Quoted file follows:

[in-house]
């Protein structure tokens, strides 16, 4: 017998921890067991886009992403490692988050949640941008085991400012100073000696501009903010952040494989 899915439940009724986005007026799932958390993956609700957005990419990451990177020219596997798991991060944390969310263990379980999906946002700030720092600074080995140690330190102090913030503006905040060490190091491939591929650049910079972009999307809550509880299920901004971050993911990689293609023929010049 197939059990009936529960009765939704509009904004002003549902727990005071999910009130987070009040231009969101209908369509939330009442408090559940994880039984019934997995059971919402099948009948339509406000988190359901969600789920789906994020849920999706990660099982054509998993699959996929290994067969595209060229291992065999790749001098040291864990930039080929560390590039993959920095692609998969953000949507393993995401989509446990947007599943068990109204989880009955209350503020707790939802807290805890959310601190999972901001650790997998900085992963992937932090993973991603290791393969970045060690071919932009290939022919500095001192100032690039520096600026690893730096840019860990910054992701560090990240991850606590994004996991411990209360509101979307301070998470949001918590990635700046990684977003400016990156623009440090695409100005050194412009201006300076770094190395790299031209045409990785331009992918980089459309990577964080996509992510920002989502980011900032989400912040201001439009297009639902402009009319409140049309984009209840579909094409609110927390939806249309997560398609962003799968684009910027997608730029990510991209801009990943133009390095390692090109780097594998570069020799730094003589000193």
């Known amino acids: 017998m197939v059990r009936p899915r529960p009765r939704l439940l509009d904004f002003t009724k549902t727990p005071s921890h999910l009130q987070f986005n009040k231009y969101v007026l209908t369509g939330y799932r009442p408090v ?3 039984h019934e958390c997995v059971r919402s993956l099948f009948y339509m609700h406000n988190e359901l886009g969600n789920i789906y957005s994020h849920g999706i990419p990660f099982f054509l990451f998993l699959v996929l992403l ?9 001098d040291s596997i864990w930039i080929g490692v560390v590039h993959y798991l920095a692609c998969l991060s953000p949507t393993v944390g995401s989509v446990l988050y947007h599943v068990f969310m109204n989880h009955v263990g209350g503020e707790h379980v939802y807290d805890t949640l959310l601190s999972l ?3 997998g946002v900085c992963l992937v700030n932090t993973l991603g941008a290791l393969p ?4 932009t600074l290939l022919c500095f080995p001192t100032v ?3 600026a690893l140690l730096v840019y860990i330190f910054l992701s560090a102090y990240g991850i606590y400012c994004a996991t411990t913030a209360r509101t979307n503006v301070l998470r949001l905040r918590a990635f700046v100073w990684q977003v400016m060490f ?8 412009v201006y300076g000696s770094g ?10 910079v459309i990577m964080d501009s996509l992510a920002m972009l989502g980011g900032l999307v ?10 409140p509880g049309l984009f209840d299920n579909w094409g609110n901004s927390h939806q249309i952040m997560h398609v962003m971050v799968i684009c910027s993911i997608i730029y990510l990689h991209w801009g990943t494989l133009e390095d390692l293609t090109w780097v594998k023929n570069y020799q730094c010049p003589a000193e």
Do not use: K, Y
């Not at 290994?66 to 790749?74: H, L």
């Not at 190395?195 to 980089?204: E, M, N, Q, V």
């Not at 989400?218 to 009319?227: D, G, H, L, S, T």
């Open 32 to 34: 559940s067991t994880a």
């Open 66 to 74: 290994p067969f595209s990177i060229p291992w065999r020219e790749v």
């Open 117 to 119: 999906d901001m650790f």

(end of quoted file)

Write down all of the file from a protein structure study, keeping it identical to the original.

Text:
[in-house]
């Protein structure tokens, strides 16, 4: 017998921890067991886009992403490692988050949640941008085991400012100073000696501009903010952040494989 899915439940009724986005007026799932958390993956609700957005990419990451990177020219596997798991991060944390969310263990379980999906946002700030720092600074080995140690330190102090913030503006905040060490190091491939591929650049910079972009999307809550509880299920901004971050993911990689293609023929010049 197939059990009936529960009765939704509009904004002003549902727990005071999910009130987070009040231009969101209908369509939330009442408090559940994880039984019934997995059971919402099948009948339509406000988190359901969600789920789906994020849920999706990660099982054509998993699959996929290994067969595209060229291992065999790749001098040291864990930039080929560390590039993959920095692609998969953000949507393993995401989509446990947007599943068990109204989880009955209350503020707790939802807290805890959310601190999972901001650790997998900085992963992937932090993973991603290791393969970045060690071919932009290939022919500095001192100032690039520096600026690893730096840019860990910054992701560090990240991850606590994004996991411990209360509101979307301070998470949001918590990635700046990684977003400016990156623009440090695409100005050194412009201006300076770094190395790299031209045409990785331009992918980089459309990577964080996509992510920002989502980011900032989400912040201001439009297009639902402009009319409140049309984009209840579909094409609110927390939806249309997560398609962003799968684009910027997608730029990510991209801009990943133009390095390692090109780097594998570069020799730094003589000193």
């Known amino acids: 017998m197939v059990r009936p899915r529960p009765r939704l439940l509009d904004f002003t009724k549902t727990p005071s921890h999910l009130q987070f986005n009040k231009y969101v007026l209908t369509g939330y799932r009442p408090v ?3 039984h019934e958390c997995v059971r919402s993956l099948f009948y339509m609700h406000n988190e359901l886009g969600n789920i789906y957005s994020h849920g999706i990419p990660f099982f054509l990451f998993l699959v996929l992403l ?9 001098d040291s596997i864990w930039i080929g490692v560390v590039h993959y798991l920095a692609c998969l991060s953000p949507t393993v944390g995401s989509v446990l988050y947007h599943v068990f969310m109204n989880h009955v263990g209350g503020e707790h379980v939802y807290d805890t949640l959310l601190s999972l ?3 997998g946002v900085c992963l992937v700030n932090t993973l991603g941008a290791l393969p ?4 932009t600074l290939l022919c500095f080995p001192t100032v ?3 600026a690893l140690l730096v840019y860990i330190f910054l992701s560090a102090y990240g991850i606590y400012c994004a996991t411990t913030a209360r509101t979307n503006v301070l998470r949001l905040r918590a990635f700046v100073w990684q977003v400016m060490f ?8 412009v201006y300076g000696s770094g ?10 910079v459309i990577m964080d501009s996509l992510a920002m972009l989502g980011g900032l999307v ?10 409140p509880g049309l984009f209840d299920n579909w094409g609110n901004s927390h939806q249309i952040m997560h398609v962003m971050v799968i684009c910027s993911i997608i730029y990510l990689h991209w801009g990943t494989l133009e390095d390692l293609t090109w780097v594998k023929n570069y020799q730094c010049p003589a000193e």
Do not use: K, Y
């Not at 290994?66 to 790749?74: H, L």
């Not at 190395?195 to 980089?204: E, M, N, Q, V």
């Not at 989400?218 to 009319?227: D, G, H, L, S, T």
């Open 32 to 34: 559940s067991t994880a």
């Open 66 to 74: 290994p067969f595209s990177i060229p291992w065999r020219e790749v």
């Open 117 to 119: 999906d901001m650790f």